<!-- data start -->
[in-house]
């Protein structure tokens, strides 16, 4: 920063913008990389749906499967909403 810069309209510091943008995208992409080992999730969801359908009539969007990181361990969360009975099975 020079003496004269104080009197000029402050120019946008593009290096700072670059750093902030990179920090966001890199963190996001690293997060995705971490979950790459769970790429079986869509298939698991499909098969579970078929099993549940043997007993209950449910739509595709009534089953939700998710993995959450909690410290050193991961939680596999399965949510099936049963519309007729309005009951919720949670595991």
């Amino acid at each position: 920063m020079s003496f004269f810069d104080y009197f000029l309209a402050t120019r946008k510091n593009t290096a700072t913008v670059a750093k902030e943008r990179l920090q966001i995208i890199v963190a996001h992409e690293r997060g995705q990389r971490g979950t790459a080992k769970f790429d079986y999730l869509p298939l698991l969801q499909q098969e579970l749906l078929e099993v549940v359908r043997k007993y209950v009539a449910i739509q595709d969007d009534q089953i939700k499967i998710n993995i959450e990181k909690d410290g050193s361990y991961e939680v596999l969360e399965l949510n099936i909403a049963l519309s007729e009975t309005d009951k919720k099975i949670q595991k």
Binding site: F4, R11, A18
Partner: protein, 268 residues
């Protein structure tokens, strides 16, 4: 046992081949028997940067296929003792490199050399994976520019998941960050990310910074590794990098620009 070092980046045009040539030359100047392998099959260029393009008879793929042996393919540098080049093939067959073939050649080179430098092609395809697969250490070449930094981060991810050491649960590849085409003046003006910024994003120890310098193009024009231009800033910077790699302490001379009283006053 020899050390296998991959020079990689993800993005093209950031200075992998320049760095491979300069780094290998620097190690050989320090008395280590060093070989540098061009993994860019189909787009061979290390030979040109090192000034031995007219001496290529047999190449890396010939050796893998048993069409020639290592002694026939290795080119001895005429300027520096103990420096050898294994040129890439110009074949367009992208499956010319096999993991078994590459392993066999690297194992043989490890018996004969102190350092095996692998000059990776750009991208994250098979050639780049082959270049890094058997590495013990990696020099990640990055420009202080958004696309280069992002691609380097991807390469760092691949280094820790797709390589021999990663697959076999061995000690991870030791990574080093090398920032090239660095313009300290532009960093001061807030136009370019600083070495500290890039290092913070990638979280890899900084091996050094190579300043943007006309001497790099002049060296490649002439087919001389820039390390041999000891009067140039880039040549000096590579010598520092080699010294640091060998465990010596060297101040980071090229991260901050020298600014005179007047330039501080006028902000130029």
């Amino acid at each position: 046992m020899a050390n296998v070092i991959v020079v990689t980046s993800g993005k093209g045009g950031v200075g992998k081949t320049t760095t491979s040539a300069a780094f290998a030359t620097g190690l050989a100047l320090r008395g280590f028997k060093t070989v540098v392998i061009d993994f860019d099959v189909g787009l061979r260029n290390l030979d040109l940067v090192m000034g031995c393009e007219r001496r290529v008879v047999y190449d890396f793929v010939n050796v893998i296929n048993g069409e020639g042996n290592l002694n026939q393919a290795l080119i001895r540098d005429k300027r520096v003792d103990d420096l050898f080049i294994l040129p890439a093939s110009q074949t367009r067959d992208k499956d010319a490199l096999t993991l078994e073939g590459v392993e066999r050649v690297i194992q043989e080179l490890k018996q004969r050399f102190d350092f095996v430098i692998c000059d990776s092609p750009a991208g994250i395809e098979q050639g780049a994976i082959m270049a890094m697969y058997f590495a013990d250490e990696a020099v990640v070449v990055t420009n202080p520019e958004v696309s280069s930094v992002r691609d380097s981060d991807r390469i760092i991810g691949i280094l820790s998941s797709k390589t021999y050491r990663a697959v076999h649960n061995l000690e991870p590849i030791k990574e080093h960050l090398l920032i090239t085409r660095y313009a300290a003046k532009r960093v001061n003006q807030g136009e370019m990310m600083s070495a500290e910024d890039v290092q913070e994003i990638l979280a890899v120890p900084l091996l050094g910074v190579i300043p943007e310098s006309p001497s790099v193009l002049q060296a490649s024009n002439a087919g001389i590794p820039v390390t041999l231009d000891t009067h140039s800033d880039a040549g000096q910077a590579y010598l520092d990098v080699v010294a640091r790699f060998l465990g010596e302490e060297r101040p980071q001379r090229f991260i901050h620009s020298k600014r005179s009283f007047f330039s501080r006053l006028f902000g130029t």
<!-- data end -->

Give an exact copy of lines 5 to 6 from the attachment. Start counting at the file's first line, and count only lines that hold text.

Partner: protein, 268 residues
């Protein structure tokens, strides 16, 4: 046992081949028997940067296929003792490199050399994976520019998941960050990310910074590794990098620009 070092980046045009040539030359100047392998099959260029393009008879793929042996393919540098080049093939067959073939050649080179430098092609395809697969250490070449930094981060991810050491649960590849085409003046003006910024994003120890310098193009024009231009800033910077790699302490001379009283006053 020899050390296998991959020079990689993800993005093209950031200075992998320049760095491979300069780094290998620097190690050989320090008395280590060093070989540098061009993994860019189909787009061979290390030979040109090192000034031995007219001496290529047999190449890396010939050796893998048993069409020639290592002694026939290795080119001895005429300027520096103990420096050898294994040129890439110009074949367009992208499956010319096999993991078994590459392993066999690297194992043989490890018996004969102190350092095996692998000059990776750009991208994250098979050639780049082959270049890094058997590495013990990696020099990640990055420009202080958004696309280069992002691609380097991807390469760092691949280094820790797709390589021999990663697959076999061995000690991870030791990574080093090398920032090239660095313009300290532009960093001061807030136009370019600083070495500290890039290092913070990638979280890899900084091996050094190579300043943007006309001497790099002049060296490649002439087919001389820039390390041999000891009067140039880039040549000096590579010598520092080699010294640091060998465990010596060297101040980071090229991260901050020298600014005179007047330039501080006028902000130029």